This article explores the overlooked role of museums in the international arena as playing a dual role in cultural diplomacy. It explores the State Hermitage Museum in Saint Petersburg, Russia, to illustrate an emerging ‘hybrid’ form of diplomacy that cannot be strictly defined as ‘state’ or ‘non-state’. Although the article documents strong ties between the Hermitage Museum and the Russian government, it also reveals the Hermitage’s growing capacity to build productive bilateral cultural relationships with foreign partners, bypassing governmental control. Specifically, the article looks at the international network of Hermitage Foundations as a successful museum international outreach and fundraising campaign that significantly contributes to the Russian government’s efforts in cultural diplomacy. This case offers new empirical findings from the non-Western context, exposing the growing role of museums in contemporary diplomacy.
The primary ambition of this special issue of The Hague Journal of Diplomacy1 is to approach a certain segment of the diplomatic universe that has been heretofore overlooked, and yet one could argue it is also more than ever pertinent to the effort to understand geopolitical and cultural impacts on governance in contemporary diplomacy.2 The articles that form ‘Non-State Diplomacy from Non-Western Perspectives’ are foremost joined by their challenge to two prevailing tendencies in diplomatic studies scholarship: first, the interpretation of non-Western practices through a predominantly Western lens; and, following from this, that diplomatic action in these contexts is largely confined to state institutions. Each of the articles in this special issue applies exploratory lenses of ‘contextual discovery’ to recalibrate foundational developments in the current diplomacy scholarship through an empirical research conducted in non-Western countries.3 Each article offers fresh findings from non-Western contexts to enrich a growing body of literature that takes a ‘post-globalist’ approach to the study of diplomacy.4 In doing so, the scholarship embraces complexities of challenging co-existence among state and non-state actors in the field of international relations. Two years in the making, this special issue expresses our hope that — by drawing these perspectives into the light — we will be in a much better position to meet this non-state/non-Western phenomenon with a fuller appreciation of its manifestations.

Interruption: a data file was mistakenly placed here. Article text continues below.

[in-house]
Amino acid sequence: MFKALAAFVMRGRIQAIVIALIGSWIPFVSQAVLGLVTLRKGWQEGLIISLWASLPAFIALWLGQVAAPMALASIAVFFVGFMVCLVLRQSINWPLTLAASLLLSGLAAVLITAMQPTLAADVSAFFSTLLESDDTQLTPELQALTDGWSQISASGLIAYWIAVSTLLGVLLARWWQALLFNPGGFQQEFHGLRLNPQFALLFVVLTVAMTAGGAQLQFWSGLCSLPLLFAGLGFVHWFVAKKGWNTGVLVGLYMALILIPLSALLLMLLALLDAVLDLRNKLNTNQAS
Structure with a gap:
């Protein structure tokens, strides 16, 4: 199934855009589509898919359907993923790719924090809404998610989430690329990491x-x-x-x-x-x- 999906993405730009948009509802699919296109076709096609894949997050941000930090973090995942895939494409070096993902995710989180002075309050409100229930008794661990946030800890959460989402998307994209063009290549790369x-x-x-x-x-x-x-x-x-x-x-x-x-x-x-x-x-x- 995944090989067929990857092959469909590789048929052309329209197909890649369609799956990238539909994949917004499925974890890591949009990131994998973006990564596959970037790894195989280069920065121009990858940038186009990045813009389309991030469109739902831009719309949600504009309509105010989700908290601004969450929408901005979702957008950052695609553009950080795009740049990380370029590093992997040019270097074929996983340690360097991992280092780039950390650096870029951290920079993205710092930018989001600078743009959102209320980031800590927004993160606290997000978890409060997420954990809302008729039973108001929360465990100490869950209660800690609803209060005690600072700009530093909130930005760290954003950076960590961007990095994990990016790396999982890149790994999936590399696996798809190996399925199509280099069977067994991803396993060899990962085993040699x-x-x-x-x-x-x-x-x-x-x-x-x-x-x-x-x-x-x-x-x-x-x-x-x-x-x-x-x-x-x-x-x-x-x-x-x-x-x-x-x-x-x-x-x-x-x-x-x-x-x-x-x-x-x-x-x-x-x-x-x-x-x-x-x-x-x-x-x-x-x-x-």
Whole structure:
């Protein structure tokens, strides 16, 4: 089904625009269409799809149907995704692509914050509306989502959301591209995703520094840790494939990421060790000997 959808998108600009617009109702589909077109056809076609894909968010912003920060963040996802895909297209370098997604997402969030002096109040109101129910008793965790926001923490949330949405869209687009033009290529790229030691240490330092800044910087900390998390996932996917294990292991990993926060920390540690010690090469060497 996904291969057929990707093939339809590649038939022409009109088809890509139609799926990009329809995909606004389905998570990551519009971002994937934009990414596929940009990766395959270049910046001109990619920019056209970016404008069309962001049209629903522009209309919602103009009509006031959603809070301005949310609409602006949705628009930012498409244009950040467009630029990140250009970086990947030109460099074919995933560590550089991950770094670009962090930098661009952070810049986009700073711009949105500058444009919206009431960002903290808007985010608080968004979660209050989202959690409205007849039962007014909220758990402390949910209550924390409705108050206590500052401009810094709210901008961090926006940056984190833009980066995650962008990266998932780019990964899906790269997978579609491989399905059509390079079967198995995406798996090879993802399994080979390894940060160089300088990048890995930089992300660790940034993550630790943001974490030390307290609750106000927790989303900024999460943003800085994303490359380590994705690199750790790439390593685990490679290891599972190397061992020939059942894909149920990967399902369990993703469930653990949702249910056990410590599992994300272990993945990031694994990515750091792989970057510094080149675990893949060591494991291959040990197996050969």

The 1958 Lacy-Zarubin agreement on cultural, educational and scientific exchanges marked decades of people-to-people exchanges between the United States and the Soviet Union. Despite the Cold War tensions and mutually propagated adversarial images, the exchanges had never been interrupted and remained unbroken until the Soviet Union dissolved. This essay argues that due to the 1958 general agreement and a number of co-operative agreements that had the status of treaties and international acts issued under the authority of the US State Department and the Soviet Ministry of Foreign Affairs, the exchanges could not proceed without diplomatic supervision. This peculiarity puts academic and technical exchanges specifically into the framework of science diplomacy, which is considered a diplomatic tool for implementing a nation state’s foreign policy goals determined by political power.